This is a translation of the second Czech edition of a book whose title translates as Methods for Solving Mathematical Problems, vol. II. It is a rich compendium of problems (310 worked examples, plus 650 exercises having hints or solutions at the back of the book), covering a wide range of topics in enumeration: binomial coefficients, inclusion/exclusion, the pigeon-hole principle, the orbit-counting formula, permutations, the combinatorics of elementary number theory (including M\"{o}bius inversion), the use of mathematical induction and of recursion relations, etc. Combinatorial problems in plane geometry are also considered, including some involving the coloring of points or regions, and some involving tilings. Despite the title Counting and Configurations, there is no discussion of combinatorial designs.

This book is aimed at the level of bright high school students or beginning college students. The problems were taken from a multiplicity of sources, including Mathematical Olympiads and other competitions, especially from Eastern Europe. The sources of individual problems are not acknowledged. For example, this reviewer's book Polyominoes is "Reference 1", and is specially recommended to those interested in further study of certain types of tiling questions; but individual results and problems taken from it are not identified as such. The translation is generally excellent, although "fields" is not the best word to refer to the cells, or squares, of a chessboard or other rectangular array.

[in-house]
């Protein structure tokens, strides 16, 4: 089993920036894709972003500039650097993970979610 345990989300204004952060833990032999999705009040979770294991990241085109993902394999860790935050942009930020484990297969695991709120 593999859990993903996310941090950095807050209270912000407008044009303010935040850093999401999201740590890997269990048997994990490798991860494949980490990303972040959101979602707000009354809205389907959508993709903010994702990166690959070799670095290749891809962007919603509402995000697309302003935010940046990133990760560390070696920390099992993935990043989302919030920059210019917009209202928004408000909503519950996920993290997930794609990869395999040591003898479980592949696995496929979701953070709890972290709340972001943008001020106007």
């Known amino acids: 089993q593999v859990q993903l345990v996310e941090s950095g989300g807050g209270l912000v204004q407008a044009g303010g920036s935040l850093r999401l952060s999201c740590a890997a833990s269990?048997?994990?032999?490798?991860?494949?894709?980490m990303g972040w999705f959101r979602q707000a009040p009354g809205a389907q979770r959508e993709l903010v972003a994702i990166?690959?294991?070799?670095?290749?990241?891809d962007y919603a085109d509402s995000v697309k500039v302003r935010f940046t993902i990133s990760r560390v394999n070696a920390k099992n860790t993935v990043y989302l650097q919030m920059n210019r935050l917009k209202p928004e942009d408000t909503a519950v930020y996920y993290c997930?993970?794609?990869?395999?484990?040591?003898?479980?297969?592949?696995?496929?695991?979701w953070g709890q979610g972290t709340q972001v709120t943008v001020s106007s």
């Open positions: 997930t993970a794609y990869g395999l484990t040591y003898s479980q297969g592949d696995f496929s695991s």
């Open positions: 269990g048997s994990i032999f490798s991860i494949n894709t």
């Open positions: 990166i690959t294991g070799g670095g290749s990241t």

This book would be ideal for preparing high school students for competitions such as the Mathematical Olympiads, and is an outstanding source of classroom and homework problems for college students taking a course in combinatorics. This book could be used as an auxiliary text, but probably not as the main text, in such a course.

Reviewed by S. W. Golomb